Tuesday, May 26, 2009

I'm so excited!

The day was finally here, Tuesday May 26 @ 10:00 am we could sign up for our classes at the Sock Summit. We kept getting eMails from Stephanie (the Yarnharlot) and Tina (Blue Moon Fiber Arts) that they were ready for the thousands of people who will be logging on at the same time. 

I am organized just like they told us to do choose more than first choices because it will sell out fast. I have my handwritten cheat sheet ready to go, but frustration I can't get in then I get in and at the last minute it kicks me out.

11,000 people tried and sure enough the server crashed! Stephanie told us that there are more knitters in the U.S. than golfers. Anybody I mention this to is always surprised and sort of acts like they don't believe me, like I'm making this up to bolster my crazy hobby.

Booo Hoooo we were all moaning and groaning. All the rules out the window! What do we do now? But I really, really want to take a class given by Barbara Walker. I love her books even though they may be dated a bit but a wealth of information and I love what I've heard about her. Quite frankly I thought she was so old by now and never coming out in public, but here she is on the list of classes at the Sock Summit

Calling my friend Joan my roommate, did you get in? No did you? Noooo .... another phone call .... refresh ... refresh. I got in oh but Barbara's class is sold out and Lucy Neatby's class is sold out. Cat Bordhi's class is sold out. I quickly go on Ravelry and check the "buzz" yup everybody is in the same boat.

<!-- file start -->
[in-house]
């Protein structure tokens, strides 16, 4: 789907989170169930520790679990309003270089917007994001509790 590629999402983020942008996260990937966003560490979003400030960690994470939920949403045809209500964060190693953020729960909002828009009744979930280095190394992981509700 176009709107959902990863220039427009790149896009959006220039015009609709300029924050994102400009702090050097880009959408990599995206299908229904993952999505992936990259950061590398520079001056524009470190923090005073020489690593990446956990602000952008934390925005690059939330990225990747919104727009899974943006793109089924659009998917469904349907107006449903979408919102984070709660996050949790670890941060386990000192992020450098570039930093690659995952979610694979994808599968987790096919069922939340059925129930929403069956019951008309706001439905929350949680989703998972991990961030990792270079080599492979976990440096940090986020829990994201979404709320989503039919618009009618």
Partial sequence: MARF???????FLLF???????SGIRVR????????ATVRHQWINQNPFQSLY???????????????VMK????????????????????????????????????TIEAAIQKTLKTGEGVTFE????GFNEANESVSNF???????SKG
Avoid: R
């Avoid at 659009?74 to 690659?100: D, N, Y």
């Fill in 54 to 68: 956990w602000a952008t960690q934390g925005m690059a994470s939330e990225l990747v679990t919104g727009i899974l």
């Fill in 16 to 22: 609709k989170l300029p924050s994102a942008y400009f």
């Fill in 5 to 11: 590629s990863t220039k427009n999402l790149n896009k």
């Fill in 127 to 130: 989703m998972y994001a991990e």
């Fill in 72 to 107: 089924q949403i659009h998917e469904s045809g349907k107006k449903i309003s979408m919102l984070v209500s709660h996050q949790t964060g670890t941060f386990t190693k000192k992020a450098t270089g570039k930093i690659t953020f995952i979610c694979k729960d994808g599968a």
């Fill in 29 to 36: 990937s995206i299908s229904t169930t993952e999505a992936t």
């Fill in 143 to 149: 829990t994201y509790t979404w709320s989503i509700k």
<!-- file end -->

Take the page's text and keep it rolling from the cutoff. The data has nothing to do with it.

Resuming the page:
But I hang in there, I went and did a load of laundry feeling all disappointed and then I think I should try it again. A Miracle! I got in and got Barbara Walker's class and got Lucy Neatby's class and I'm a happy camper. But now I have to wait until August.

Here is a little detail about Barbara Walker, I find her fascinating. Cat Bordhi told me that when she visited Barbara's studio the walls were lined with Barbie dolls. She did her designs first for a Barbie, a miniature sweater or skirt etc. Here is what the Wikipedia says about her.

Barbara G. Walker (born July 21930, in Philadelphia, Pennsylvania) is a U.S. author and feminist. She writes about religioncultural anthropologyspirituality, and mythology from the viewpoint of Pre-Indo-European neolithic matriarchies. She often uses the imagery of the Mother Goddess to discuss these Neolithic Matriarchies. Her most important book is The Woman's Encyclopedia of Myths and Secrets (1983). She also is an influential knitting expert and the author of several classic encyclopedic knitting references.

Barbara G. Walker describes herself as an atheist. In the book, The Skeptical Feminist: Discovering the Virgin, Mother, and Crone, she writes about her belief that there is no deity. However, she believes that people, and woman in particular, can use the image of the Goddess in their day-to-day lives. Her book Woman's Rituals: A Sourcebookis an attempt to show how she puts her "meditation techniques" into practice, and is meant as a guide for other women to do the same thing.

In the 1960s and 1970s, she authored several volumes of knitting references which have become landmarks for their comprehensiveness and clarity.[citation needed] Her knitting treasury series documents over a thousand different knitting stitches. Other books considered mosaic knitting, for producing multicolored designs while knitting only one color per row, and constructing knitted garments from the top-down rather than the usual bottom-up method used in western knitting tradition. Her legacy continues with the reprinting of most of her knitting books, starting in the mid-1990s, as well as the publication of new contributions to the knitting literature.

Barbara G. Walker studied journalism at the University of Pennsylvania and began working for the Washington Star in Washington, D.C. While serving on a local hotline in the mid 1970s, helping battered women and pregnant teens, she became interested in feminism. The American Humanist Association named her "Humanist Heroine" in 1993, and in 1995 she received the "Women Making Herstory" award from the New Jersey NOW.


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